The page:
Sooo.. waay up Topside..on top of Virtual Volumes made from Volume Groups.. we call them 'Logical Volumes'.. ironic.. irritating.. and confusing. (they're [partitions] for cotton pick'n sake..! )

Let me state that again...

A Virtual Volume (which "really" is a Volume Group) is called a Logical Volume.. grrr.

The tools for performing this magic are exceedingly simple.. but hard to remember until you master their names.. and reasons for the choice of their names.. even if that reason is rather obscure and never really discussed.

First Physical Extents (the building blocks) are "made" using the pgcreate tool. (why isn't it called pecreate? I have no idea.. grrr)

Then the Volume Groups (the virtual hard drives or "volumes") are "made" using the vgcreate tool.

Finally the Logical Volumes (the virtual hard drive "partitions") are "made" using the lvcreate tool.

1. pgcreate - "pe create" - makes virtual "leggos" or "virtual disk storage blocks"
2. vgcreate - "vhdd create" - makes "virtual hard drives"
3. lvcreate - "lpart create" - makes "virtual (logical) partitions"

Each tool has a corresponding sister tool called "xx-display" to inspect the results and keep track of the "Virtual environment"

1. pgdisplay - "pe display"
2. vgdisplay - "vhdd display"
3. lvdisplay - "lpart display"

Now once these "virtual volume - (logical) partitions" are created they can be accessed from the /dev or /dev/mapper points just like physical hardware.

And the same tools used for creating a file system can be used on logical volumes to create file systems. Mkfs could then be used to lay down a fresh xfs file system and will be handled by the kernel device driver for xfs just like a physical hardware device file system.

# mkfs -t xfs /dev/vg-group1/lv-volume1

(think of it "like" )

# mkfs -t xfs /dev/vhdd1/lp1


# mkfs -t xfs /dev/vg1/lv1

Then the mount command or the /etc/fstab file can be used to attach the new device and connect it to a mount point on the current file system.

Anything that happens below the "virtual volume" or "volume group" layer.. will be hidden or transparent to the activities of the overlaid pavement of the logical volume (aka the virtual volume 'logical partition' ) and file system.. this is the 'Enterprise quality feature,, which desktop users can also use'

If we need to add more space to a full Logical Volume file system.. we can simply add a hard disk, carve it up into more PEs with the pgcreate command and add those to the volume group, then use an LV tool called "lvextend" to make the partition "bigger" while the file system is being used.. and without backing up the contents and resizing the file system and then restoring the files (a lot of maintenance down time).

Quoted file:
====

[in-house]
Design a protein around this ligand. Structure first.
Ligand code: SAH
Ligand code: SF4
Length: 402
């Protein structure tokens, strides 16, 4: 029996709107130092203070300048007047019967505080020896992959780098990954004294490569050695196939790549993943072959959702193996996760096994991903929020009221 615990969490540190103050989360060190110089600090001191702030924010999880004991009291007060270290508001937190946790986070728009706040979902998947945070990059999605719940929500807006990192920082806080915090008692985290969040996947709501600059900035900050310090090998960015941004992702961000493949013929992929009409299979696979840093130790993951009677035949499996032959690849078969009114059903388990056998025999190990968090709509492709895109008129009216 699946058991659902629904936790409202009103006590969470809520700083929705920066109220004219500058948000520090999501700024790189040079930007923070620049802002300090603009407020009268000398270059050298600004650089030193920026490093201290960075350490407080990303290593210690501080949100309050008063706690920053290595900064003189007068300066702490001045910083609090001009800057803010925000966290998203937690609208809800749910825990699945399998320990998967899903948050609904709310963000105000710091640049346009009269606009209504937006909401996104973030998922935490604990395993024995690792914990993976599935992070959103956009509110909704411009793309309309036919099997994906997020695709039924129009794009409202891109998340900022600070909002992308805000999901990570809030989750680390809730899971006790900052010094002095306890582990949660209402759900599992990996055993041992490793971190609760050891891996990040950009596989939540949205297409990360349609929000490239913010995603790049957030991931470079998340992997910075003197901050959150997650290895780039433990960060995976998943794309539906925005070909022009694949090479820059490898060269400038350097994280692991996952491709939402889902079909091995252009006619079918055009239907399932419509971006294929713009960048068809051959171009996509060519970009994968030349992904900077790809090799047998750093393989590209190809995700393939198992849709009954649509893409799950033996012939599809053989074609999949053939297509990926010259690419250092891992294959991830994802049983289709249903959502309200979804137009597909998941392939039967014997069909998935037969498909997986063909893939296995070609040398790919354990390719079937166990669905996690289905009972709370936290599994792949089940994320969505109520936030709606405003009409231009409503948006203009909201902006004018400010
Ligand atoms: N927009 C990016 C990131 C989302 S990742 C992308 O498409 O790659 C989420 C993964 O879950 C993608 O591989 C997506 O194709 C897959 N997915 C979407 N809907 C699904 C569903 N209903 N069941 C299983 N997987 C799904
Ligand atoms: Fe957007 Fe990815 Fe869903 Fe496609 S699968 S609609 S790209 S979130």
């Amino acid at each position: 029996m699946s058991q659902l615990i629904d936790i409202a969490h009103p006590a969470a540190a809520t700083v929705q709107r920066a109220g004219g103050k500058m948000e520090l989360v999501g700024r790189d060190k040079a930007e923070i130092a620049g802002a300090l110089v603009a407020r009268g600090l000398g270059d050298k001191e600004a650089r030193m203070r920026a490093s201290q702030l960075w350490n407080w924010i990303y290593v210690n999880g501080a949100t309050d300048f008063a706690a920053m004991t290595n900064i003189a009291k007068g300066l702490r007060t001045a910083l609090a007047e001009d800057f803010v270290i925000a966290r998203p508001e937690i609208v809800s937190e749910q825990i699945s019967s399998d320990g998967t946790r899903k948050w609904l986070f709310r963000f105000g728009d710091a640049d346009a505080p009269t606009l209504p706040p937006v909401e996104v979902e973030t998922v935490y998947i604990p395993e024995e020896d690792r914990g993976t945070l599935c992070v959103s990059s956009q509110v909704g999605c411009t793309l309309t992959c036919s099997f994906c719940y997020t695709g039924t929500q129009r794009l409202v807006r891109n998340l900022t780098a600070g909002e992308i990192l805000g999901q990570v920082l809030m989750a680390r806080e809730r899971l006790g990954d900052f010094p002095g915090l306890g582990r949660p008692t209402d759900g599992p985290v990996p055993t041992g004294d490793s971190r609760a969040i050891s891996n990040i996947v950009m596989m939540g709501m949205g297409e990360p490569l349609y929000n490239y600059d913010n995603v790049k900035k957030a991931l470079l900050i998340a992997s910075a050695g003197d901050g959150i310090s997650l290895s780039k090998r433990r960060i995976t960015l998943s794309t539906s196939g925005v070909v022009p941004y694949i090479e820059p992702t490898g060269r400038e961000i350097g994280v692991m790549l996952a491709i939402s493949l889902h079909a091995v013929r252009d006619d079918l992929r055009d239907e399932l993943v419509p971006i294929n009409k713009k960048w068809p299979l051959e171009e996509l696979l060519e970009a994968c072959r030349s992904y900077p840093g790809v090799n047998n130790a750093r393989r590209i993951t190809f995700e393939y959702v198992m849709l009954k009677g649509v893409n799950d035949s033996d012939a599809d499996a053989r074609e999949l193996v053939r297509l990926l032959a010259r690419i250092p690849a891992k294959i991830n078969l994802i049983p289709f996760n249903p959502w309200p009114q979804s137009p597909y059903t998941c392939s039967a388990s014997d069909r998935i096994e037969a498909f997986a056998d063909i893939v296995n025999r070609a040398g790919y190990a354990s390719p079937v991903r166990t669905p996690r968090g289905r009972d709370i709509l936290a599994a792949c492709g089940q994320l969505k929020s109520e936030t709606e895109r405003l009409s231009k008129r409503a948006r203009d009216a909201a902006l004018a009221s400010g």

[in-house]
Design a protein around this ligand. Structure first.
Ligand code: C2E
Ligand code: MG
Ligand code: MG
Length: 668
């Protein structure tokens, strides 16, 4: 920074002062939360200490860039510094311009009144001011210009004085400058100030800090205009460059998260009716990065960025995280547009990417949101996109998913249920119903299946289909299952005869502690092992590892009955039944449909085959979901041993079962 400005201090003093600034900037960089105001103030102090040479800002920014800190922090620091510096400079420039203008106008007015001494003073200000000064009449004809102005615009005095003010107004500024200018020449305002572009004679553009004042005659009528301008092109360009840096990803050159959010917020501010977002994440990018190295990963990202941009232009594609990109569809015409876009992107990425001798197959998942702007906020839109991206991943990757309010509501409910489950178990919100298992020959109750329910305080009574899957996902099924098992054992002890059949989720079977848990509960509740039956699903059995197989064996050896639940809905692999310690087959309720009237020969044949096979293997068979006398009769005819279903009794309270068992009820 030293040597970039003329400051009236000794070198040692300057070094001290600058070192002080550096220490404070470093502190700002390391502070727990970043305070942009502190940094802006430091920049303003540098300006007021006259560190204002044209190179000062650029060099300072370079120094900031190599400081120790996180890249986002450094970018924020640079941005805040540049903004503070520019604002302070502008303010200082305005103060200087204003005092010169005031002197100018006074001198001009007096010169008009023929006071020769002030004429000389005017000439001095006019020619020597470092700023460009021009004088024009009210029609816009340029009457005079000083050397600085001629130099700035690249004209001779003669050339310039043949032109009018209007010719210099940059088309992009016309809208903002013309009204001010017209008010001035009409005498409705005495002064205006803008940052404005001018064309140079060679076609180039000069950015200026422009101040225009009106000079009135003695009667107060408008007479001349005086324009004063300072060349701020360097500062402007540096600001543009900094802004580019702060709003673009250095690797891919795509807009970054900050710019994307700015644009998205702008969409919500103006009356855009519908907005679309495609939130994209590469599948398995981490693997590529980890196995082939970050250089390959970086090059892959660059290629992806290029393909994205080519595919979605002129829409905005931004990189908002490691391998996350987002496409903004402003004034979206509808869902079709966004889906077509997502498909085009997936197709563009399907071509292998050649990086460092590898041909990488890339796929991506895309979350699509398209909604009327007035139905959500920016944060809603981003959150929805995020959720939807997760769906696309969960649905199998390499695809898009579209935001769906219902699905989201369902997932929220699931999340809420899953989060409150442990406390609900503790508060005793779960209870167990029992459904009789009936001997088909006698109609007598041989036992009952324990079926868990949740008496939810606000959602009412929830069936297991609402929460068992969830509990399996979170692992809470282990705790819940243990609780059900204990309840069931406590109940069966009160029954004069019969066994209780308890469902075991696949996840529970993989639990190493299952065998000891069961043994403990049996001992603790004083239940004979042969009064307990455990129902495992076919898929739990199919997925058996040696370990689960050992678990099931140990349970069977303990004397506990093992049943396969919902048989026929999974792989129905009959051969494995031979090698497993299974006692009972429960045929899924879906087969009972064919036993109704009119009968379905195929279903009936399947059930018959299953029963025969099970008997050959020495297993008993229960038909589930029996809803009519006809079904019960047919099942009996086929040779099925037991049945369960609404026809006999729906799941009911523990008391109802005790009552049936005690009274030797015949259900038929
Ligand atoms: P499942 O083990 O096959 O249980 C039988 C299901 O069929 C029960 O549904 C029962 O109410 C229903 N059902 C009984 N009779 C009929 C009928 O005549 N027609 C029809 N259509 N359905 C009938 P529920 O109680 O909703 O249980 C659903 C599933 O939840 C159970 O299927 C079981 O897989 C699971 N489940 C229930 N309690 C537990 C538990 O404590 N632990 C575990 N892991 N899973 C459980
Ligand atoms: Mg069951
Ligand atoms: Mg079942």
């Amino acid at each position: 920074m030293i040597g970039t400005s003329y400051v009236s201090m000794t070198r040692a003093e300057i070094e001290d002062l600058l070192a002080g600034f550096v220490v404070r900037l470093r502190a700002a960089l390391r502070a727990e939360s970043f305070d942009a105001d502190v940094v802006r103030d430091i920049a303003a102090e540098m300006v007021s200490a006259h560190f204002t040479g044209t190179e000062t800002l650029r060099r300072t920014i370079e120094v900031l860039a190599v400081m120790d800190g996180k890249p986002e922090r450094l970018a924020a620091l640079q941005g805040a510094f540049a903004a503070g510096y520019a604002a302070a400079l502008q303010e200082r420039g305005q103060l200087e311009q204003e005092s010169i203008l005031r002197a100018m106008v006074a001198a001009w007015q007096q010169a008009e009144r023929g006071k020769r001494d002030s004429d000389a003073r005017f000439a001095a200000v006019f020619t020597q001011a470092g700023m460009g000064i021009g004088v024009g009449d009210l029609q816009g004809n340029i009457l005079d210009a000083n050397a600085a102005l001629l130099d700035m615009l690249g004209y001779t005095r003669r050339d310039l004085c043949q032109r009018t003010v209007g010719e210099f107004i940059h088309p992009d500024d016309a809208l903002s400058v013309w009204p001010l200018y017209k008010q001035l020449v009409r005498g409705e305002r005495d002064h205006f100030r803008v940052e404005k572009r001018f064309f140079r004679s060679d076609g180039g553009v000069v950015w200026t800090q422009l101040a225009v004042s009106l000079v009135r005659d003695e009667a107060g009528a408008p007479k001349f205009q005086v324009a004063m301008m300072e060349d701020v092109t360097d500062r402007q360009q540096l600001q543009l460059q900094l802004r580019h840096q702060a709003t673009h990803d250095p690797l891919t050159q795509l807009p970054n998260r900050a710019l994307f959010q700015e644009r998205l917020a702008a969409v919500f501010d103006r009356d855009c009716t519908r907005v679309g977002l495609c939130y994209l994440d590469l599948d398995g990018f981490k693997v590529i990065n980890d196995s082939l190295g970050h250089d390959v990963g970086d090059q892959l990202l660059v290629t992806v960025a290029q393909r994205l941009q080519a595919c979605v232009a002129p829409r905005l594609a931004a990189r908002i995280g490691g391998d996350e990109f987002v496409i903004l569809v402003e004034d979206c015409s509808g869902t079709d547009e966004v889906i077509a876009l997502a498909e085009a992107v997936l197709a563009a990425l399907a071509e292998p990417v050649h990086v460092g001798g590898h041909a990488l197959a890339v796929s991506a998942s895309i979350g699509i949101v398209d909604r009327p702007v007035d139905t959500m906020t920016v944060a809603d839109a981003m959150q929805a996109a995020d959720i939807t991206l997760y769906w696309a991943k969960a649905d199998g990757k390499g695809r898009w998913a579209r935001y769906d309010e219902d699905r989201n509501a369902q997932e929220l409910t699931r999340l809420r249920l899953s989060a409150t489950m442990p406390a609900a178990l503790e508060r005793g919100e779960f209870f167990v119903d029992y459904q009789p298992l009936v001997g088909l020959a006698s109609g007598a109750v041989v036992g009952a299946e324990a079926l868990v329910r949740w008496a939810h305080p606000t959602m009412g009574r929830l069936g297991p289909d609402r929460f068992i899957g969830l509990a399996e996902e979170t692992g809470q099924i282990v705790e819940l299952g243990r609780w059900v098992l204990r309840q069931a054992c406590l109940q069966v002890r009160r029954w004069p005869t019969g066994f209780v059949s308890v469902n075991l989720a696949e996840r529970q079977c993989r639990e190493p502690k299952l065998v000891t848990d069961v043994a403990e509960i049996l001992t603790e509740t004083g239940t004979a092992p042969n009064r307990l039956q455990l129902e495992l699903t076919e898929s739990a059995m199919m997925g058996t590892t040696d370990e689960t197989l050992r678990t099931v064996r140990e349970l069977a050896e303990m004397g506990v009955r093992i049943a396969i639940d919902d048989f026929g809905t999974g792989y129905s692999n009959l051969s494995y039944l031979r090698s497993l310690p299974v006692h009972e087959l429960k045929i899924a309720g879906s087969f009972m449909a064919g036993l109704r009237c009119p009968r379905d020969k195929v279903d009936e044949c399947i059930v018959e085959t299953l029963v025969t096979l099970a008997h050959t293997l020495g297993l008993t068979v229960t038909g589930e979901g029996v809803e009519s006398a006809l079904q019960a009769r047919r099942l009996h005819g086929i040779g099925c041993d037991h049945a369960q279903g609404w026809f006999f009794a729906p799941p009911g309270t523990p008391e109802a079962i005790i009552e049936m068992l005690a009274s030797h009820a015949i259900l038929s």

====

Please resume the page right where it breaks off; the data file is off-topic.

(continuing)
Likewise, if we need to "remove" or "replace" a disk (perhaps it failed, is failing or S.M.A.R.T. tells us its expected to fail or some other reason) we can use pvmove ( it stands for 'physical volume Move' why not PEmove ? I have no idea...), to clean out all of the PEs from one disk or partition that is part of a volume group.. without notifying the upper layers, like the LV or file system.. or user.. this "frees up" the physical hard disk or partition and we can take it out of service and replace it. All while the system is running.

The major difference between 'Enterprise' and 'Desktop' is really in the details of whether 'While the system is running' means 'hot' as in 'Live to the world' or 'warm' as in 'Being used but can be rebooted to perform some quick task then back to service'. The game is to minimize system unavailability.

MDRAID or Multidisk RAID (aka software raid) or its likewise drivers can use LVs just like real physical disks or physical partitions to create fast RAID 0 or slow but resilient fail safe RAID 1 drives or anything in between. But they really don't require LVM.

LVM can also do nice things like make Copy on Write or Snapshot images possible.. but those are not fundamental reasons or purposes for LVM to exist.

Including obscure things like ( MDRAID, CoW, journaled file systems et. al. while 'sexy' ) in a newbie introduction simply flys over the important details of LVM and serves to confuse newbies about a very important tool that has become essential in daily life.

The terminology is a quagmire of a historical word swamp and does nothing to make it understandable.